John Barron (actor)
24 December 1920|
Marylebone, London, England
|Died||3 July 2004
Watford, Hertfordshire, England
John Barron (24 December 1920 – 3 July 2004) was an English actor. Although Barron was a familiar face on British television from the 1950s, he is best remembered for his role in the BBC comedy The Fall and Rise of Reginald Perrin (1976–79) playing CJ, Perrin's overbearing boss, later employee. The show also gave Barron the memorable catchphrase, "I didn't get where I am today by...".
Born in Marylebone, London, Barron was interested in acting from an early age. For his 18th birthday his godfather paid his entry fee to RADA. After serving as a Lieutenant in the Royal Navy during the Second World War, he returned to stage acting. In the 1950s, he moved into a directorial role, during which time he came to know Leonard Rossiter.
From the mid-1950s, he became more involved in television, and then film. His movies including The Day the Earth Caught Fire (1961), Jigsaw (1962), Incense for the Damned (1970), Hitler: The Last Ten Days (1973), Clash of Loyalties (1983), To Catch a King (1984) and Thirteen at Dinner (1985). During his career he also appeared in such popular TV series as Crown Court, The Avengers, Emergency – Ward 10, All Gas and Gaiters, The Saint, Department S, Doomwatch, Timeslip, Potter, To the Manor Born, Whoops Apocalypse and Yes Minister. Although he had long-running roles in popular dramas like the police series Softly, Softly (where he played the assistant chief constable between 1967–69), his best known role was in the situation comedy The Fall and Rise of Reginald Perrin, which began in 1976, and starred Leonard Rossiter as the title character. Barron's character, CJ (Charles Jefferson), was Perrin's overbearing boss, famous for the catchphrase "I didn't get where I am today by...". He even used this in a TV commercial filmed for an insurance company in New Zealand in the 1980s. He also appeared in the 1986 Christmas Special of Duty Free.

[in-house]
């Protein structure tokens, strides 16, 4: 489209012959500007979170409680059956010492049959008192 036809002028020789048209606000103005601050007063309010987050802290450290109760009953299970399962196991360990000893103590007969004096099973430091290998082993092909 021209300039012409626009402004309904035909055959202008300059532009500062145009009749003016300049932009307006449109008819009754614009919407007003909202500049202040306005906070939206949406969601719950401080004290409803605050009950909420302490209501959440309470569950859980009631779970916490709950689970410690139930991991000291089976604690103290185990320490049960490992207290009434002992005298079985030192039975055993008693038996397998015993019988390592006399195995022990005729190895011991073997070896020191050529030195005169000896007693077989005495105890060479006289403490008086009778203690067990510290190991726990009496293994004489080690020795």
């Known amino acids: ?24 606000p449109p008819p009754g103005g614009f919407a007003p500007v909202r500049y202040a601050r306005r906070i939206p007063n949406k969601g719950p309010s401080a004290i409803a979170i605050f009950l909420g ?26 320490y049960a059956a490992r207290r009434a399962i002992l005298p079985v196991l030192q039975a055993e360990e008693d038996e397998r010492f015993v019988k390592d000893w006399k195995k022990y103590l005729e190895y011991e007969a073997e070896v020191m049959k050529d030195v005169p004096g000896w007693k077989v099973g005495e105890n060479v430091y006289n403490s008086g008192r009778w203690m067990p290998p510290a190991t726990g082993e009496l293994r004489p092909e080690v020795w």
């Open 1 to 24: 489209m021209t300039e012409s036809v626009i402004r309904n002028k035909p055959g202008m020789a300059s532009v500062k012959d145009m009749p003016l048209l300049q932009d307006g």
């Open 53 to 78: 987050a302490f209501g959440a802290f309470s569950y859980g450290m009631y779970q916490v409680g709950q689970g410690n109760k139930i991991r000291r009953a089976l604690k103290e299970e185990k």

He was president of the actors' union Equity from 1978 to 1982 and vice-president in 1977 and again from 1984-89. His one hobby was enjoying fine wine, a hobby he also inspired his friend Leonard Rossiter to take up. An active supporter of the Conservative Party, he presented a Party Political Broadcast on their behalf in the 1980s and presented features supporting his party's policies on the BBC's Newsnight programme.
He was married three times, first to the actress Joan Sterndale-Bennett which soon ended in divorce, then to Joan Peart who died in 1989 after forty years of marriage, and finally to Helen Christie who died in 1995. He had two stepdaughters, one each from the second and third marriages. Barron remained active in the profession before his death at the age of 83.
- Sink the Bismarck! (1960) - Officer P.R.O. (uncredited)
- The Day the Earth Caught Fire (1961) - 1st Sub-Editor (uncredited)
- The Court Martial of Major Keller (1961) - M.O. Aubrey
- Jigsaw (1962) - Ray Tenby
- Incense for the Damned (1970) - Diplomat
- Hitler: The Last Ten Days (1973) - Dr. Stumpfegger
- Clash of Loyalties (1983) - General Haldane
- To Catch a King (1984) - Sir Walbert Selby
- Thirteen at Dinner (1985) - Lord Edgware
- staff (7 July 2004). "John Barron". telegraph.co.uk. Retrieved 21 April 2011.
- http://www.equity.org.uk/AboutUs/Magazine/default.aspx?edition=15&page=22 Obituary on Equity website
- Newley, Patrick (9 July 2004). "John Barron". The Stage. Retrieved 21 April 2011.